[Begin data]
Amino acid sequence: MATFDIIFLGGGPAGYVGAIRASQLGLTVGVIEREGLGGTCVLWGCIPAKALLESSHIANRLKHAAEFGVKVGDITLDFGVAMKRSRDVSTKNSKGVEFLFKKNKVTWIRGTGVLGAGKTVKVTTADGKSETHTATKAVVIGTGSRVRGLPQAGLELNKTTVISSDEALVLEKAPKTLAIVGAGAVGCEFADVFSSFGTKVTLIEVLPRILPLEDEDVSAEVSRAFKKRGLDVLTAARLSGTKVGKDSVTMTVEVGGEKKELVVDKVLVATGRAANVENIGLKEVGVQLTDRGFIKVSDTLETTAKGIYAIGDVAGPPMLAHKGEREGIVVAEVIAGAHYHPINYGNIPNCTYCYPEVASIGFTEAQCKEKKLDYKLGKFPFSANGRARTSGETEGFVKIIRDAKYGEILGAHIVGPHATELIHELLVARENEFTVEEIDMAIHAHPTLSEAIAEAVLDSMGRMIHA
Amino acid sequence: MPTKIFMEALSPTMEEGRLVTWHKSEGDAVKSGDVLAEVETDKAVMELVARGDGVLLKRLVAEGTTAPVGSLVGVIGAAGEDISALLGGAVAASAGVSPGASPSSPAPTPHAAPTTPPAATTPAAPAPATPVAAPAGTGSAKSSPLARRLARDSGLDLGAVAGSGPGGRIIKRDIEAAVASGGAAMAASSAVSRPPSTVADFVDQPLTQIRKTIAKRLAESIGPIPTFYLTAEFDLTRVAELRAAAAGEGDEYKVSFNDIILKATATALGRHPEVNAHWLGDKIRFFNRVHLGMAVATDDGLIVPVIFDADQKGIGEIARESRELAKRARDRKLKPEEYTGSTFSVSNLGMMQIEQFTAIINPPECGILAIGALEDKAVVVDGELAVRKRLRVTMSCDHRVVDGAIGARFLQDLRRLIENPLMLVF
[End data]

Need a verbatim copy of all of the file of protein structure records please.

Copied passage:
Amino acid sequence: MATFDIIFLGGGPAGYVGAIRASQLGLTVGVIEREGLGGTCVLWGCIPAKALLESSHIANRLKHAAEFGVKVGDITLDFGVAMKRSRDVSTKNSKGVEFLFKKNKVTWIRGTGVLGAGKTVKVTTADGKSETHTATKAVVIGTGSRVRGLPQAGLELNKTTVISSDEALVLEKAPKTLAIVGAGAVGCEFADVFSSFGTKVTLIEVLPRILPLEDEDVSAEVSRAFKKRGLDVLTAARLSGTKVGKDSVTMTVEVGGEKKELVVDKVLVATGRAANVENIGLKEVGVQLTDRGFIKVSDTLETTAKGIYAIGDVAGPPMLAHKGEREGIVVAEVIAGAHYHPINYGNIPNCTYCYPEVASIGFTEAQCKEKKLDYKLGKFPFSANGRARTSGETEGFVKIIRDAKYGEILGAHIVGPHATELIHELLVARENEFTVEEIDMAIHAHPTLSEAIAEAVLDSMGRMIHA
Amino acid sequence: MPTKIFMEALSPTMEEGRLVTWHKSEGDAVKSGDVLAEVETDKAVMELVARGDGVLLKRLVAEGTTAPVGSLVGVIGAAGEDISALLGGAVAASAGVSPGASPSSPAPTPHAAPTTPPAATTPAAPAPATPVAAPAGTGSAKSSPLARRLARDSGLDLGAVAGSGPGGRIIKRDIEAAVASGGAAMAASSAVSRPPSTVADFVDQPLTQIRKTIAKRLAESIGPIPTFYLTAEFDLTRVAELRAAAAGEGDEYKVSFNDIILKATATALGRHPEVNAHWLGDKIRFFNRVHLGMAVATDDGLIVPVIFDADQKGIGEIARESRELAKRARDRKLKPEEYTGSTFSVSNLGMMQIEQFTAIINPPECGILAIGALEDKAVVVDGELAVRKRLRVTMSCDHRVVDGAIGARFLQDLRRLIENPLMLVF